Dermot O'Leary: Pandemic is opportune time to start solving dysfunctional Irish housing

A lack of a long-term housing policy that goes well beyond the five-year electoral cycle has been a contributory factor in the housing crisis
Dermot O'Leary: Pandemic is opportune time to start solving dysfunctional Irish housing

An enormous construction boom and bust occurred in the 1995-2010 period when home completions grew to 90,000 and then collapsed to less than 5,000 in 2011. Picture: Larry Cummins

Ireland has experienced a rolling series of housing boom and bust episodes since the foundation of the State.

It is not alone in this regard, but it is suffered more than most from the consequences of it being unable to maintain stable supply and demand. 

A lack of a long-term housing policy that goes well beyond the five-year electoral cycle has been a contributory factor in this volatility.

The frequency and scale of the booms and busts are well illustrated in a paper published last year by Richard Keely and Ronan Lyons. 

Using a novel dataset based on newspaper listings of homes in Dublin, the authors identify three very distinct price boom periods, in the late 1940s, the 1958 to 1979 period, and between 1995 and 2006. 

These were followed by large-scale slumps, between 1948 and 1958; the 1979 to 1987 period, and between 2006 and 2012 where real prices fell by between 38% and 56%.

Prices play a vitally important role in supply through viability and credit provision; it is no surprise that the trends in home construction largely follow these house price cycles, with similar levels of volatility. 

Home completions grew from close to zero during the Second World War to above 10,000 homes in the early 1950s before falling by 50% in the late 1950s.

Annual completions subsequently grew to close to 30,000 by the early 1980s but then fell well below 20,000 by the end of that decade. 

The enormous construction boom and bust then followed in the 1995-2010 period when completions grew to 90,000 and then collapsed to less than 5,000 in 2011. 

One would think that the public sector would have been able to smooth these cycles due to more consistent funding streams and an absence of a profit motive, but, in fact, it has contributed to it.

The knock-on implications of these housing cycles for the economy, jobs, government finances, the banking system, society and politics are enormous.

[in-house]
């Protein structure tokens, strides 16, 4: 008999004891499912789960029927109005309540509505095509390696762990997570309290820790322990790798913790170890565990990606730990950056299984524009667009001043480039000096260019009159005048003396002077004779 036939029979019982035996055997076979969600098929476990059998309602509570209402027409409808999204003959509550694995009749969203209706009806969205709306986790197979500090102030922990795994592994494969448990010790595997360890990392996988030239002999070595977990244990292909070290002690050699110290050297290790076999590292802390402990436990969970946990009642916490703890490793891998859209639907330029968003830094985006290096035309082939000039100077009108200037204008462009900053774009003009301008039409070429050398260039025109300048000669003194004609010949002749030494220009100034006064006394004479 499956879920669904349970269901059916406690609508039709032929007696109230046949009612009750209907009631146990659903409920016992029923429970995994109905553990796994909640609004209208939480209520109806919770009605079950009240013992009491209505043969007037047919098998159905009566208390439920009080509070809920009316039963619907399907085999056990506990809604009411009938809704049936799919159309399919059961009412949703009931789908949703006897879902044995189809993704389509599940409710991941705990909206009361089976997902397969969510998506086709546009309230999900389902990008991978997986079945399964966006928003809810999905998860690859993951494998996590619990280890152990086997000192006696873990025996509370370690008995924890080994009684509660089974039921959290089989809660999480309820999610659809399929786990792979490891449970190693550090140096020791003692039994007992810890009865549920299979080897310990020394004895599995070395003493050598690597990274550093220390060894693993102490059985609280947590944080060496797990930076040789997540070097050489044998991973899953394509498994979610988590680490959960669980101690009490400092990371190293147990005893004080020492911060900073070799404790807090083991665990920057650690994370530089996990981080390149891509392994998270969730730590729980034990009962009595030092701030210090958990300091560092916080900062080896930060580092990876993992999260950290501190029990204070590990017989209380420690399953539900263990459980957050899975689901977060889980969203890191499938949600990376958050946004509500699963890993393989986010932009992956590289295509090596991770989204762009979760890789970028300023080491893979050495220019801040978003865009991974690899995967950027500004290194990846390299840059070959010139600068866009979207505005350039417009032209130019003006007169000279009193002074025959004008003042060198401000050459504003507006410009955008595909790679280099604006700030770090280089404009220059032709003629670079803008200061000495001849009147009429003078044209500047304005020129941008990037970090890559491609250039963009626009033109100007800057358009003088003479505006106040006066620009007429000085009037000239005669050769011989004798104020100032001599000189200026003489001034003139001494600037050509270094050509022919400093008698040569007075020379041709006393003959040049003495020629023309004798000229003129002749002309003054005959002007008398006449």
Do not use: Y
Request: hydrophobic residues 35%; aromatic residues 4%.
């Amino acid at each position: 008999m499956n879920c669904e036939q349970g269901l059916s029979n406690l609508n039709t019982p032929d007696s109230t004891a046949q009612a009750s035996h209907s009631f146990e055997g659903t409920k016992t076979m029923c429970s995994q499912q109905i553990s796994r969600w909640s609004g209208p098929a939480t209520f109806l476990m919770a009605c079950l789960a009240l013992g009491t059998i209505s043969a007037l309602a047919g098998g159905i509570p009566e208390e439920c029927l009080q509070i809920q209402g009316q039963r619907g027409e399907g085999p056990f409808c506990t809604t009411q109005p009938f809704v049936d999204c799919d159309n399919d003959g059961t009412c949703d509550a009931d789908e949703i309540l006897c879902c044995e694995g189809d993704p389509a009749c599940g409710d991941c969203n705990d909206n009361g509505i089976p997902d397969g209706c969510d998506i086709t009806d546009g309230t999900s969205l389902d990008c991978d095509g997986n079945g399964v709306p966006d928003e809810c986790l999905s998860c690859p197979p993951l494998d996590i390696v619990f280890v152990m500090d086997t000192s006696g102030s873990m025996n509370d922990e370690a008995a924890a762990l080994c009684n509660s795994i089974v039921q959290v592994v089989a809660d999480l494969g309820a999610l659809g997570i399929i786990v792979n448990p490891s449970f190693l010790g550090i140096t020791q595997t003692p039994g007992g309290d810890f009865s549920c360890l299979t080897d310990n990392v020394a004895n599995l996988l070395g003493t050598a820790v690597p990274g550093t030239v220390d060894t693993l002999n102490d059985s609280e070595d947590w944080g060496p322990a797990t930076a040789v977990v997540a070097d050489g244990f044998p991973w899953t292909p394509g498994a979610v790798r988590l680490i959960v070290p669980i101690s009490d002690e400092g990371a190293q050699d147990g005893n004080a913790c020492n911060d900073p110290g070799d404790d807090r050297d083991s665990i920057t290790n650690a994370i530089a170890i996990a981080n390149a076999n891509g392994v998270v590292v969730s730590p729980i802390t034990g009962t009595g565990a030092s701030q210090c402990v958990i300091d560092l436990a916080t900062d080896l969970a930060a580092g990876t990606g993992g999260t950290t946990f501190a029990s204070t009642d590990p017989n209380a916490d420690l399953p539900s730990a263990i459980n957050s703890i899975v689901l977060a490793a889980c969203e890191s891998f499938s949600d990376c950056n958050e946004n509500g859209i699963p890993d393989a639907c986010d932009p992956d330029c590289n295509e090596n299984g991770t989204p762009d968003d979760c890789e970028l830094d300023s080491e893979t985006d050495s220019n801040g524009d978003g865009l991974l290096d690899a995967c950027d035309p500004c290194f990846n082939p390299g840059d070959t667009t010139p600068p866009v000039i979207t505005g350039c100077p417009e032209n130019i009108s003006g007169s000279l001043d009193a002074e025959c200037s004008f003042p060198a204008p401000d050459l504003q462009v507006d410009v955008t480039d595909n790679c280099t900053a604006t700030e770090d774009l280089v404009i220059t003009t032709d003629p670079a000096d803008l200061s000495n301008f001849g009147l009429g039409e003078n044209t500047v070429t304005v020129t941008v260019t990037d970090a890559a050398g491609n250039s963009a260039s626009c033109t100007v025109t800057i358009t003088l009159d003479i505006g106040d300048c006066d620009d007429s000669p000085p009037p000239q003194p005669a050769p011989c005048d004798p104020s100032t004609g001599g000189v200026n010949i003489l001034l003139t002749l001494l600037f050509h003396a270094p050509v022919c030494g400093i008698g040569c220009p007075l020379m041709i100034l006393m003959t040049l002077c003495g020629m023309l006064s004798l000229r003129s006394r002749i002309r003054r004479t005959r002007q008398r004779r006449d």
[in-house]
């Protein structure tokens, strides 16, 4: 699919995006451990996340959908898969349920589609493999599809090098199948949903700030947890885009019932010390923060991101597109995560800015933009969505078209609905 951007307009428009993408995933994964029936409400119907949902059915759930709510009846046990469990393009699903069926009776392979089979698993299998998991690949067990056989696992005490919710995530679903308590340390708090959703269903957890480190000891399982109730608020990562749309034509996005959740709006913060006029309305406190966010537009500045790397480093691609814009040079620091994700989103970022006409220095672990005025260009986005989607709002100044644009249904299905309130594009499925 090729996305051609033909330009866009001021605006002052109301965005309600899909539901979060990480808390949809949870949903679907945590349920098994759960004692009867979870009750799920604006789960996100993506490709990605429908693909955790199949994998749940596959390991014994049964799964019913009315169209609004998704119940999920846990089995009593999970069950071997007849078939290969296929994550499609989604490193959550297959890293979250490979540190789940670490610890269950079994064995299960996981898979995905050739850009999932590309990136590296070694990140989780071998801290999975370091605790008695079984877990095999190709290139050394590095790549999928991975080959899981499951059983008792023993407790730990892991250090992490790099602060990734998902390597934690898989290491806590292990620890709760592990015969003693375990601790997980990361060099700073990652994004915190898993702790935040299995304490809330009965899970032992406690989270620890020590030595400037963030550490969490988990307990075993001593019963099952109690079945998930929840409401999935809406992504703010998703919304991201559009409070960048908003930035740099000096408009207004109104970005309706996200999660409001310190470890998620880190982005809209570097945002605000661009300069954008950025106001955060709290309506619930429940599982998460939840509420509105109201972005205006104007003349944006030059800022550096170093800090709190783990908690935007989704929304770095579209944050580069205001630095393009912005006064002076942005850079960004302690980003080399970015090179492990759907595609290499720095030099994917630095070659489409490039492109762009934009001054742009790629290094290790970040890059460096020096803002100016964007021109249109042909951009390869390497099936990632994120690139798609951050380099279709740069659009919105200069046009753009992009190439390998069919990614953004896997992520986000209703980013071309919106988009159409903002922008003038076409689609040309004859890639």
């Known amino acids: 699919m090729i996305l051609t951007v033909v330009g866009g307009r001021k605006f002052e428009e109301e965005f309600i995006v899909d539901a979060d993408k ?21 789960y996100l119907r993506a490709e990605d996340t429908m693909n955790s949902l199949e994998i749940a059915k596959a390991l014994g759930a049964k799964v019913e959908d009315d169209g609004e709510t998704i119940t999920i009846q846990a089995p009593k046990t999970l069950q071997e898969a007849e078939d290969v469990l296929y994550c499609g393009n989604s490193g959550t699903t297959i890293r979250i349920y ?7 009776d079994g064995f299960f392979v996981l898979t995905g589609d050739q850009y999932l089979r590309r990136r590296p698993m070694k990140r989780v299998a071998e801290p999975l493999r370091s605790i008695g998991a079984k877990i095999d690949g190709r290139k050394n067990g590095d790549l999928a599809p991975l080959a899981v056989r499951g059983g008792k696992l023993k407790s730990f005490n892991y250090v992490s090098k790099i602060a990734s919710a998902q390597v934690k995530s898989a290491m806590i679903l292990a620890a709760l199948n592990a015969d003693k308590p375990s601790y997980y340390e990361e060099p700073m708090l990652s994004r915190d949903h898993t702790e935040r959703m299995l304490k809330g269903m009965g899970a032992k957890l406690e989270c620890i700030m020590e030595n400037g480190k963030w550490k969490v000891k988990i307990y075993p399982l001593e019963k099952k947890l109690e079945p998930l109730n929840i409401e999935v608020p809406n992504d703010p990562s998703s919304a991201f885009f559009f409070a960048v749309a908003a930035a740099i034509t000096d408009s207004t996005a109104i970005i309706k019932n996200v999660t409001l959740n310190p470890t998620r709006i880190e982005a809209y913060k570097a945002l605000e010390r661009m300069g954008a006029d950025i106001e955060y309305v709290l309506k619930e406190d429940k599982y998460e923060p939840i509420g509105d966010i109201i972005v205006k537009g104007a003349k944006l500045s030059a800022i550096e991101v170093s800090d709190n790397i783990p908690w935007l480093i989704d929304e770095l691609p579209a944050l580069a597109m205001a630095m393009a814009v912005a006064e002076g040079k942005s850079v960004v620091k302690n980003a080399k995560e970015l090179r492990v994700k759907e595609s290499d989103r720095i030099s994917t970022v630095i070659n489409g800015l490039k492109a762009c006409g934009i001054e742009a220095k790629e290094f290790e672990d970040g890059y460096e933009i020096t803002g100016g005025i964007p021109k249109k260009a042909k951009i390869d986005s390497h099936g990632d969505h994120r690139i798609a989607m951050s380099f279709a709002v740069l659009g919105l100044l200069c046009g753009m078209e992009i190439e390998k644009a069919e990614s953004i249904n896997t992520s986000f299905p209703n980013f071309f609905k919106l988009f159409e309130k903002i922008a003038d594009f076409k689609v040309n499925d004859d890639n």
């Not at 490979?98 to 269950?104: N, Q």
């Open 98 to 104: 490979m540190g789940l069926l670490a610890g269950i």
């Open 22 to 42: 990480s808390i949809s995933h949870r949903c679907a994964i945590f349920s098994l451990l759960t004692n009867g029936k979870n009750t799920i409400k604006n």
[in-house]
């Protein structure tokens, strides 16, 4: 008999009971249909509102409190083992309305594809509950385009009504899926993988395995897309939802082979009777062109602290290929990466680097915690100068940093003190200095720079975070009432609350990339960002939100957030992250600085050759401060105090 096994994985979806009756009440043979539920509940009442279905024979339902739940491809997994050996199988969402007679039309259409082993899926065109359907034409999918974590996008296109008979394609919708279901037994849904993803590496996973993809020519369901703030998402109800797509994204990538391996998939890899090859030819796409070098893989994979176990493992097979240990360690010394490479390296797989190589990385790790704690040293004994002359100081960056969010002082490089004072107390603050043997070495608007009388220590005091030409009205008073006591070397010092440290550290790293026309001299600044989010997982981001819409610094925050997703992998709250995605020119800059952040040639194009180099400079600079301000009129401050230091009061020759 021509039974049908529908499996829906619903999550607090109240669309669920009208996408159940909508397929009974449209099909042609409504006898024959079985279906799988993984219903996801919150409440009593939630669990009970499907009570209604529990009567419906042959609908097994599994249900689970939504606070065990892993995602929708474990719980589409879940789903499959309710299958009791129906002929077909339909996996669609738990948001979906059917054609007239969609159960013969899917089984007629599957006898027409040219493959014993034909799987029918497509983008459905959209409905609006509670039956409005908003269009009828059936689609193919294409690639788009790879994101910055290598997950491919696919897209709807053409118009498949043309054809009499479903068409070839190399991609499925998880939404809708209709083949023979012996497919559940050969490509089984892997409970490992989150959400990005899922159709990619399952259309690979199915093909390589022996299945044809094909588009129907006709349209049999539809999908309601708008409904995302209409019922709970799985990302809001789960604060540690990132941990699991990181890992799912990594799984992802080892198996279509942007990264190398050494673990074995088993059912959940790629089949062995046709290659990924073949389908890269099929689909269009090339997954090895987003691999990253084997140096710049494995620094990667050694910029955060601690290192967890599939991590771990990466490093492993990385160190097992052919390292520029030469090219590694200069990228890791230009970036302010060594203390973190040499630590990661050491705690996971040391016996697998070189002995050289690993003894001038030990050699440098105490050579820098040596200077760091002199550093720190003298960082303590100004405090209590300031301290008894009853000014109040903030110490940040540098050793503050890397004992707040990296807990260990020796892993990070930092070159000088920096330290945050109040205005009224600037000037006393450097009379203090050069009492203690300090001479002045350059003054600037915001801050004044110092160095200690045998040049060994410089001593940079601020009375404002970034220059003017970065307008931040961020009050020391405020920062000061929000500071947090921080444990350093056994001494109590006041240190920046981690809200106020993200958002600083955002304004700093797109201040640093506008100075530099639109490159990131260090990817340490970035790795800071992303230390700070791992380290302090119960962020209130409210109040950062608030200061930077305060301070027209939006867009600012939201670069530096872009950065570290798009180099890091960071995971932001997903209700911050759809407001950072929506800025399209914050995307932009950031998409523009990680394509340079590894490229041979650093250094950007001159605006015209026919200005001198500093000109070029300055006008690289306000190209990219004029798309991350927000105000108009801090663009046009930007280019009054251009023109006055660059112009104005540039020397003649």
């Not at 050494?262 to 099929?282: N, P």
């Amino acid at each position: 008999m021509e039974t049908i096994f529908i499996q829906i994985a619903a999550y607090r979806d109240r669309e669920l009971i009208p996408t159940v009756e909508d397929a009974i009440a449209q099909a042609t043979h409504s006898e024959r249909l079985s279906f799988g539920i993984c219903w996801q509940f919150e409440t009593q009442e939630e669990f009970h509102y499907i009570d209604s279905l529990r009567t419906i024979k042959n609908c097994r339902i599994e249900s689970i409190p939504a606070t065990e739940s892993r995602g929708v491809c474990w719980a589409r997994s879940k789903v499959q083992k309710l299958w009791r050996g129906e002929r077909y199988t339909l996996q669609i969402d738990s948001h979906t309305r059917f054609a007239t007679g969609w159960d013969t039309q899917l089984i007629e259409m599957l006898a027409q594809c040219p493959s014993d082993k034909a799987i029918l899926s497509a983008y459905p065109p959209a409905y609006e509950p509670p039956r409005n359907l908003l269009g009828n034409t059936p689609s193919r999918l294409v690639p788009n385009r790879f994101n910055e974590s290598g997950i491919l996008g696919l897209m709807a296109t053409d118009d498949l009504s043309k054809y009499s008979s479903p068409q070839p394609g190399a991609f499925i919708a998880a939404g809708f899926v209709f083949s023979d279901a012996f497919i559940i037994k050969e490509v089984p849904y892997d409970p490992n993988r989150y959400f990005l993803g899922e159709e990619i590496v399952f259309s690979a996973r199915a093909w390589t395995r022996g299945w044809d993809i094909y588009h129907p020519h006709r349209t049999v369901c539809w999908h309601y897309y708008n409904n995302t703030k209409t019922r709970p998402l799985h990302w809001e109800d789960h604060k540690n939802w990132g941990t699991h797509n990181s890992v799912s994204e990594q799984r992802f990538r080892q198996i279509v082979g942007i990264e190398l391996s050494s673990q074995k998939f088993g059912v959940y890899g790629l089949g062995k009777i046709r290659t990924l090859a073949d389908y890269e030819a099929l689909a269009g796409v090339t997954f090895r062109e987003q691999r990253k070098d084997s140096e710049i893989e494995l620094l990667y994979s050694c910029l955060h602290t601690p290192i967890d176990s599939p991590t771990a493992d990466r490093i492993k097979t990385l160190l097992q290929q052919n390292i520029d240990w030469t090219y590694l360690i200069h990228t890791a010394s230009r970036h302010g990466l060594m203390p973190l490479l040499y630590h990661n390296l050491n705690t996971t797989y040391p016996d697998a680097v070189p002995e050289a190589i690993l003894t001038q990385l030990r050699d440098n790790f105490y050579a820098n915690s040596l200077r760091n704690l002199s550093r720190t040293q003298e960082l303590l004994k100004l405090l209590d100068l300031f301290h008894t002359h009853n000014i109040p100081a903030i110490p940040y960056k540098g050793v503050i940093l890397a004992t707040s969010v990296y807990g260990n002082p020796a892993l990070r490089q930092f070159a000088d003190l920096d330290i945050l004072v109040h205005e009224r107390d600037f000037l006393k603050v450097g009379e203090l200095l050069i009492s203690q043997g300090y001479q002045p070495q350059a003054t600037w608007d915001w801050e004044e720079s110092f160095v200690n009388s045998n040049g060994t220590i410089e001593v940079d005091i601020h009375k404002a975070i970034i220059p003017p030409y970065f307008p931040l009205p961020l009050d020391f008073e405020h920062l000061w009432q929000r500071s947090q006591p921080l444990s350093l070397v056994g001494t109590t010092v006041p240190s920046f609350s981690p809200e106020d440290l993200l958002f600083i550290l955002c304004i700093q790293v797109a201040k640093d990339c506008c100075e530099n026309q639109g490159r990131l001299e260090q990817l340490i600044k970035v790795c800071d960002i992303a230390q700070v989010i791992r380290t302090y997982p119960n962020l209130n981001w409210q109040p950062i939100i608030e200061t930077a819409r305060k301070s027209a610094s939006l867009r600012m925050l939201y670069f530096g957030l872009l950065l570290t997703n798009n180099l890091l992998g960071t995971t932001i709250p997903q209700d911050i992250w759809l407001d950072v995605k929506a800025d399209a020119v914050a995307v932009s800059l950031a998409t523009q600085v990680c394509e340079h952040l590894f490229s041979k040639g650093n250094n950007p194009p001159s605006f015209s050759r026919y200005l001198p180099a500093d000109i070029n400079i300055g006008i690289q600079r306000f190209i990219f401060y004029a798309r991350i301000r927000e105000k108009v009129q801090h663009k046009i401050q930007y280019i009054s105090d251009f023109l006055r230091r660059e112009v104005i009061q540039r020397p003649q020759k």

Alongside the cyclical elements of the Irish housing market, there are also other features that suggest that it is dysfunctional. These are manifested in urban sprawl, inefficiencies in public transport and utilities, social housing waiting lists and high construction costs.

There are numerous explanations for all of these features, but a key contributory factor has been Irish policymakers’ inclination to focus on short-term solutions to address the immediate problems. 

In a system where politicians are accountable to the electorate at least every five years, one can see why this may occur. But to bring about stability and optimum outcomes in housing requires a longer-term policy focus that goes beyond the electoral cycle. Many views must be considered.

A Commission for Housing, promised in the programme for government last year, has the potential to address this failing. 

Its goal would be to put political ideology to the side to develop a coherent long-term vision and enabling policies that will “deliver, on a sustainable basis, good quality, secure, affordable homes”. 

This would require broad consultation, have regard to best international practice, and be appropriately staffed with a strict deadline for completing its work. 

The Government has pledged to examine issues such as tenure, standards, sustainability, and quality of life issues. Given the change in living patterns brought about by the pandemic, now is an opportune time to consider how we address these issues.

Such a commission would not solve the problems that the Irish housing market is experiencing today but instead would suggest solutions that should reduce the chances of the mistakes of the past century being repeated. That would be a substantial contribution.

  • Dermot O’Leary is chief economist at Goodbody. He is involved with the Dublin Economic Workshop which is hosting a webinar on the topic of 'A Housing Commission for Ireland – What should it look like?' on Thursday, January 14, where Minister Darragh O’Brien is one of the speakers. Free registration is available at dublineconomics.com

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